SCRATCH_SIZE=16 is a bad hack to pass parameters to the LACore extension within the spike simulator by using environment variables instead of command line arguments. It means the scratchpad to simulate should be 2^16 bytes, or 64 kB. You can therefore make the scratchpad size any power of 2.
cross-compiling GSL for RISC-V
The next step is cross-compiling GNU Scientific Library for RISC-V. We need GSL in order to run the HPCC benchmarks on the RISC-V platform, since we use GSL to verify the correctness of the LACore results. First, download GSL sources. For example, this might work for you:
cd ~ wget http://mirrors.syringanetworks.net/gnu/gsl/gsl-latest.tar.gz tar xzf gsl-latest.tar.gz
cd into the gsl directory and run the following:
./configure --host=riscv64-unknown-elf --prefix=$RISCV make make install
You should now have
$RISCV/lib. Now we can link against them when we cross-compile for the RISC-V platform.
Building the HPCC benchmarks
Now we will cross-compile the modified HPCC benchmarks for the LACore to be run on the spike simulator. We will worry about gem5 after we can get the functional simulation of the benchmarks to pass. First change directories into
linalg-benchmarks/benchmarks. Then run the following:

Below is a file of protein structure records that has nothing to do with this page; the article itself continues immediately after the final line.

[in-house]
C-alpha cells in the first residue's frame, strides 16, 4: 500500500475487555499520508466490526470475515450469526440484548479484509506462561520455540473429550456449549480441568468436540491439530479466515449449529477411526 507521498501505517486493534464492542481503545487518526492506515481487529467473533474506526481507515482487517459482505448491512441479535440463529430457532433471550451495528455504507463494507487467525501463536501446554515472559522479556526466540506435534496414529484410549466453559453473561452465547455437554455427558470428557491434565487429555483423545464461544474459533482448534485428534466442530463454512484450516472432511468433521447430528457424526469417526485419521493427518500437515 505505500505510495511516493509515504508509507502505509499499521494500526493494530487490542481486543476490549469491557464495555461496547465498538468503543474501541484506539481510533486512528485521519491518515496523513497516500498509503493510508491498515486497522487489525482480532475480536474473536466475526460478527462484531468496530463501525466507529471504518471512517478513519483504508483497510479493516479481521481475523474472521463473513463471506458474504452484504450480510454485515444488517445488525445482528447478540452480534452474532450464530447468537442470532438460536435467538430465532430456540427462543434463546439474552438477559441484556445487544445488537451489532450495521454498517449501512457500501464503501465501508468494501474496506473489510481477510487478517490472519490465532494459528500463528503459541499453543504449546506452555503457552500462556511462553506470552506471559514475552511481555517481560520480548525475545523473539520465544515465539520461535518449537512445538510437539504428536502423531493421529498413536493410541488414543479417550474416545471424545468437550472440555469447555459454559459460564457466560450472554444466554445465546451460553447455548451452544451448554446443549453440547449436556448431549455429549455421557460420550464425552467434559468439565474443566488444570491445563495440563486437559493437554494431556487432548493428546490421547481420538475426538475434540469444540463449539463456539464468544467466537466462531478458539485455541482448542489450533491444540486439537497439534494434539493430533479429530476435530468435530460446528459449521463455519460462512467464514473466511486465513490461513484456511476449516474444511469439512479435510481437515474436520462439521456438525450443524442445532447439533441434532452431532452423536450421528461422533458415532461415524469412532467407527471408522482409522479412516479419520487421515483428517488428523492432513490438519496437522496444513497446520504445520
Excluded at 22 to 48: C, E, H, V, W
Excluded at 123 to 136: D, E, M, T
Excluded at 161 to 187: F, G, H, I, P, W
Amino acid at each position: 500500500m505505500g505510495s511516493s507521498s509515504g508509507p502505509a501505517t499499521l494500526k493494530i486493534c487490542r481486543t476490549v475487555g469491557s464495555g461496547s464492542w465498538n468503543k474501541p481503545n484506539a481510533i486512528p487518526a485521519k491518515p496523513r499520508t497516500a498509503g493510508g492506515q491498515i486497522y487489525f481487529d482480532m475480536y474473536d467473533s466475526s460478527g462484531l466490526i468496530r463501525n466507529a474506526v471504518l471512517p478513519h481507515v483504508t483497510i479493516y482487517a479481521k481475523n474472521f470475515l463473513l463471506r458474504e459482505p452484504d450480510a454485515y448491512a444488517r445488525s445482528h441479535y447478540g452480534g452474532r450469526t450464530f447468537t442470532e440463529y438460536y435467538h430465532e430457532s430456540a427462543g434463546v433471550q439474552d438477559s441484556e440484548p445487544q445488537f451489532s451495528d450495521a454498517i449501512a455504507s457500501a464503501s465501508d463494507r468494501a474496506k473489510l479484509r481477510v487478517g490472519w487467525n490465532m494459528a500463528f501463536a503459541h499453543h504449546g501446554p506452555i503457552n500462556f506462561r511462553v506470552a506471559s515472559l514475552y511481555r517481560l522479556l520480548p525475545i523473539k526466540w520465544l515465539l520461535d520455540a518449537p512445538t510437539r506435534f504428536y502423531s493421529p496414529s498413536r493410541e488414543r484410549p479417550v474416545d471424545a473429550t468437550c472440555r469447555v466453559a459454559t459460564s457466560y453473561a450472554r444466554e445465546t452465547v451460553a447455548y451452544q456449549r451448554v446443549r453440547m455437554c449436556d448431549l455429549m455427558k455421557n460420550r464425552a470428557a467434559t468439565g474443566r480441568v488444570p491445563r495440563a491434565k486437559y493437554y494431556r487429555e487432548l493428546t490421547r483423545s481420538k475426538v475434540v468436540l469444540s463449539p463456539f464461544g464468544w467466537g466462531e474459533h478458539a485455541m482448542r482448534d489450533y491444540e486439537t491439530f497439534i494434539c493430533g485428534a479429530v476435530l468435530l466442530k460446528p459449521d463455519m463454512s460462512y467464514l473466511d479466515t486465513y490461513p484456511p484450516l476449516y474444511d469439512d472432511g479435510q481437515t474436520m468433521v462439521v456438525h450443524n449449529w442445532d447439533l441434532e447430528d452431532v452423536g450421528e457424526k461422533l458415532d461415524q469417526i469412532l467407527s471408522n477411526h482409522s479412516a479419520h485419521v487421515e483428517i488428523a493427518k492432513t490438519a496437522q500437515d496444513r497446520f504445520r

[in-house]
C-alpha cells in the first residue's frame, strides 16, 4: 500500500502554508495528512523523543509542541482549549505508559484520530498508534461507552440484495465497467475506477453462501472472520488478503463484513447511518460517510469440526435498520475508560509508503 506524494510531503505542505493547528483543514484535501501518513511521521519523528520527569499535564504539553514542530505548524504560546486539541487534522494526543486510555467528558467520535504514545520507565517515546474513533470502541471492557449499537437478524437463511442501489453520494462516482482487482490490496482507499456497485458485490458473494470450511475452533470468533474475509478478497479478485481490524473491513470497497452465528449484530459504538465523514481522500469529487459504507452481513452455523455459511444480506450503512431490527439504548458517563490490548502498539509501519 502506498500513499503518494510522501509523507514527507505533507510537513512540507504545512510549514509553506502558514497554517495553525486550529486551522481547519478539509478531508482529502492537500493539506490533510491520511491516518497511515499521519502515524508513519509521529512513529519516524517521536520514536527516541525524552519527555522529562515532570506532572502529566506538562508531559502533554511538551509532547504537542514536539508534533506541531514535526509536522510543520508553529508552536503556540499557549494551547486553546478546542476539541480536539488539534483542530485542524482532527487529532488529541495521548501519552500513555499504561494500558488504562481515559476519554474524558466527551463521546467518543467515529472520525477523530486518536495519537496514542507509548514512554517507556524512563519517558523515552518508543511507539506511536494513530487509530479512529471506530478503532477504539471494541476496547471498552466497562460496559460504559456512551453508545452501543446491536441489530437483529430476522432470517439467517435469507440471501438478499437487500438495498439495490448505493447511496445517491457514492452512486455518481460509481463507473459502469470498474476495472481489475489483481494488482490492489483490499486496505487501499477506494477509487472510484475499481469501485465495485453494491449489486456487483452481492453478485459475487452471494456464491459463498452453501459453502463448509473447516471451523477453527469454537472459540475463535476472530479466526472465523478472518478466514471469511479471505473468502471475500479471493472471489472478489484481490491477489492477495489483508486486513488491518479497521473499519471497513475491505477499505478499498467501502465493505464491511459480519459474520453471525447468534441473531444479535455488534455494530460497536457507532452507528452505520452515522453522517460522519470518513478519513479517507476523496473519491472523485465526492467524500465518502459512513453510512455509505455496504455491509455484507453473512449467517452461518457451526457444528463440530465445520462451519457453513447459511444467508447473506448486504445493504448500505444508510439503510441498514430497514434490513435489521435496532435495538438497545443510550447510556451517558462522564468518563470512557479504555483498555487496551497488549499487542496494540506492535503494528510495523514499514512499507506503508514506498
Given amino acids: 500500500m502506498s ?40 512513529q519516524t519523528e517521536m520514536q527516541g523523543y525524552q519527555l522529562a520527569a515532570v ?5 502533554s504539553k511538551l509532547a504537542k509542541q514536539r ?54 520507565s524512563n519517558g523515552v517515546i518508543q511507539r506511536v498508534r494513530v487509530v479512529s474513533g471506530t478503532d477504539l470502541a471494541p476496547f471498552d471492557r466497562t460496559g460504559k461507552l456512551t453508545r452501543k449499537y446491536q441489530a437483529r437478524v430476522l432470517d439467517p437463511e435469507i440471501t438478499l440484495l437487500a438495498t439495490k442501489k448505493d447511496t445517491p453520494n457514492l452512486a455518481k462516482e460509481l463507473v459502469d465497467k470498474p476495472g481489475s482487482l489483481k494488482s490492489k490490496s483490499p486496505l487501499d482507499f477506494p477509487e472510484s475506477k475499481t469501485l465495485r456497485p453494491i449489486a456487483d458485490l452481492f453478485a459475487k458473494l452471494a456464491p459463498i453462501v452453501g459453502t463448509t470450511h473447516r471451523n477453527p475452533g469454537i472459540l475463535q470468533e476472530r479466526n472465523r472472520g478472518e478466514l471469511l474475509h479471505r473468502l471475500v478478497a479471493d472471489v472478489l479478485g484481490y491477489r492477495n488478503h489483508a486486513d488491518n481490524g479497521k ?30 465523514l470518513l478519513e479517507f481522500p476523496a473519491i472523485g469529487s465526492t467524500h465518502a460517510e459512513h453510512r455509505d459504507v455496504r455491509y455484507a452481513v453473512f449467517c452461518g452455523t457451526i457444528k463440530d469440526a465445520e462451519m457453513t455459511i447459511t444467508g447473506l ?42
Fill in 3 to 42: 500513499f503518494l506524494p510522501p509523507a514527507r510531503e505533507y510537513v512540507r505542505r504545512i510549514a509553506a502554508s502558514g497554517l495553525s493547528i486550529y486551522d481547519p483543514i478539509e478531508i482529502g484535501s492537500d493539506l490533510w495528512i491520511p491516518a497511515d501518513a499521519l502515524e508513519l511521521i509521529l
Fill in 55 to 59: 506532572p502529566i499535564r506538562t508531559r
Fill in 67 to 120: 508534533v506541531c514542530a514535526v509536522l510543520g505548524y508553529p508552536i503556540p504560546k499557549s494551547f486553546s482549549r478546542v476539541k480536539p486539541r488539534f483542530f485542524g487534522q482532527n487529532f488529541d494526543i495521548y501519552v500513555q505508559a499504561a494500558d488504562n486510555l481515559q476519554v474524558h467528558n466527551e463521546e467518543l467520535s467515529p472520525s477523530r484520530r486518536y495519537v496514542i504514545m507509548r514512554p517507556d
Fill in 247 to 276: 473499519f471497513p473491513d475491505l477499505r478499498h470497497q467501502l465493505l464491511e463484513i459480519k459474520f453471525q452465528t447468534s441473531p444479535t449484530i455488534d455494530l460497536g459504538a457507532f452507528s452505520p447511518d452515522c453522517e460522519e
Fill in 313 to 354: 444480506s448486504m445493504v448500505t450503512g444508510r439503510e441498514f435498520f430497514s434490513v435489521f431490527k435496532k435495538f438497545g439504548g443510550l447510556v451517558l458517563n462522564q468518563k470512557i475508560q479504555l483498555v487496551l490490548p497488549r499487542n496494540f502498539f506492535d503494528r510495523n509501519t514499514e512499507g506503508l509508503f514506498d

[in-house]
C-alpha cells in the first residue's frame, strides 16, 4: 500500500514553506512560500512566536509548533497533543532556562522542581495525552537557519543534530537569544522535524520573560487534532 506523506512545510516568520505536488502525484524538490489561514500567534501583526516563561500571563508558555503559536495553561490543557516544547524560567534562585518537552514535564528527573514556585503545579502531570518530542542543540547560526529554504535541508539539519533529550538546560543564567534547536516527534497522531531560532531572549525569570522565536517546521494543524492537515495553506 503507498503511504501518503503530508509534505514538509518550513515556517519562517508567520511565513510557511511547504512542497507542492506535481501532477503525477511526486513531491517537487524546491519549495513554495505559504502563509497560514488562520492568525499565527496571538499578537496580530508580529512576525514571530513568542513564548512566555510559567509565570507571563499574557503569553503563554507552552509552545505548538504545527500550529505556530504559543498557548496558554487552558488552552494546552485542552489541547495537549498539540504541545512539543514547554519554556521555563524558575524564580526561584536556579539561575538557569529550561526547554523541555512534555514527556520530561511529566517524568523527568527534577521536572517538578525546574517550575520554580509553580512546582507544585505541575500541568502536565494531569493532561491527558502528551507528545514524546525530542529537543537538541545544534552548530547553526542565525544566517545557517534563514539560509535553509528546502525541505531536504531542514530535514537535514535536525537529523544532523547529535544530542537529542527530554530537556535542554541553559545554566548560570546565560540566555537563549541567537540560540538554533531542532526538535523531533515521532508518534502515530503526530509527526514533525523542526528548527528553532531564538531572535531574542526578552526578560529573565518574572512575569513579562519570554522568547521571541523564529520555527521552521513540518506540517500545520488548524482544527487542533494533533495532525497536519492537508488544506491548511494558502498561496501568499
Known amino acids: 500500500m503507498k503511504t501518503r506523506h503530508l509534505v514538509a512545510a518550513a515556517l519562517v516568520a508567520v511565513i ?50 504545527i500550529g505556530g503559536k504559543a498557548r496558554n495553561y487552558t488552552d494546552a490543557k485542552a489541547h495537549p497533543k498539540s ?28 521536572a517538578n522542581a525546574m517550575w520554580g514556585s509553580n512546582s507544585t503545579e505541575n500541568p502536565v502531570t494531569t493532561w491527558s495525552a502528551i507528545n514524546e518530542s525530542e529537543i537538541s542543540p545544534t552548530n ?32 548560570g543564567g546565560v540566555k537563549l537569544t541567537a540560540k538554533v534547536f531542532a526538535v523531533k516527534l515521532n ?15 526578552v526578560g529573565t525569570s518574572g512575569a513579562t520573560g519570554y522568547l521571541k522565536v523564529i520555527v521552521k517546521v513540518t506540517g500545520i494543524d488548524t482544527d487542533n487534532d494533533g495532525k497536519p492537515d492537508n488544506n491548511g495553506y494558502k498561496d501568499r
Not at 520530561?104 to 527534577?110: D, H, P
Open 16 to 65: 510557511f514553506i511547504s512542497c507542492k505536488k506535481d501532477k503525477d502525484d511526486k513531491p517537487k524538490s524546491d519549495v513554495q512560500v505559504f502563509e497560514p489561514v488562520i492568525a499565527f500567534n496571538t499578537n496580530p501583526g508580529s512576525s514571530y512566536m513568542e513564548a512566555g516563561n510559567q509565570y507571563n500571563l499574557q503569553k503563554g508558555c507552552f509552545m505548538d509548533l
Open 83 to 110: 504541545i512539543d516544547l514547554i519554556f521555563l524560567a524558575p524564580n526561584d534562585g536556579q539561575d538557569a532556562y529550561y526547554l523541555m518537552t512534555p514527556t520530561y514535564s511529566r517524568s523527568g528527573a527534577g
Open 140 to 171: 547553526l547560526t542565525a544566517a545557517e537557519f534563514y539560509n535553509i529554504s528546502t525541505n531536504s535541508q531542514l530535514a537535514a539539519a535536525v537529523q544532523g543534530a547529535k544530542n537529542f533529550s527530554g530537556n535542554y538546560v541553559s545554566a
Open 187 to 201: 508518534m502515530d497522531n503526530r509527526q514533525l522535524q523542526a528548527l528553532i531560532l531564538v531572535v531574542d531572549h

mkdir out make dgemm_la_core_sweep \ dstream_la_core_sweep \ dfft_la_core_sweep \ drandom_access_la_core_sweep \ dlu_solve_la_core_sweep \ ptrans_la_core_sweep \ dtrsm_la_core_sweep
This will build the 6 modified HPCC benchmarks (and DTRSM, a BLAS-3 routine) and put the output binaries in the
out folder. Each of the 7 benchmarks takes slightly different parameters and you should just look at the
main() function for each of them to figure out whats going on. For starters, here are simple command lines to run each of the benchmarks on the spike functional simulator using a 64 kB scratchpad and arbitrary workload sizes. NOTE: you can add a
--debug flag to all the benchmarks for more verbose output if something seems wrong. NOTE: all matrix and vector data is randomly generated floating point numbers. The random number generator can use a different seed if you pass in
X is a positive integer.
The following will run DGEMM with 64x64 sized matrices, and a block size of 64x64 (you can change the block size if you want).
SCRATCH_SIZE=16 spike --extension=la_core pk out/dgemm_la_core_sweep --size=64 --bs=64 --scratch_size=16
The following will run the STREAM benchmark with vector sizes of 2^12
SCRATCH_SIZE=16 spike --extension=la_core pk out/dstream_la_core_sweep --size=12 --scratch_size=16
The following will run the 1-D FFT benchmark with a vector size of 2^12. NOTE: FFT for the LACore was broken by some recent changes, and needs to be fixed, so the following command will fail!
SCRATCH_SIZE=16 spike --extension=la_core pk out/dfft_la_core_sweep --log_size=12 --scratch_size=16
The following will run the Random Access benchmark with a table size of 2^16. Note that the application doesn't require
--scratch_size but spike still requires
SCRATCH_SIZE=16 spike --extension=la_core pk out/drandom_access_la_core_sweep --log_size=16
The following will run the HPL benchmark with a matrix size of 64x64
SCRATCH_SIZE=16 spike --extension=la_core pk out/dlu_solve_la_core_sweep --log_size=6 --scratch_size=16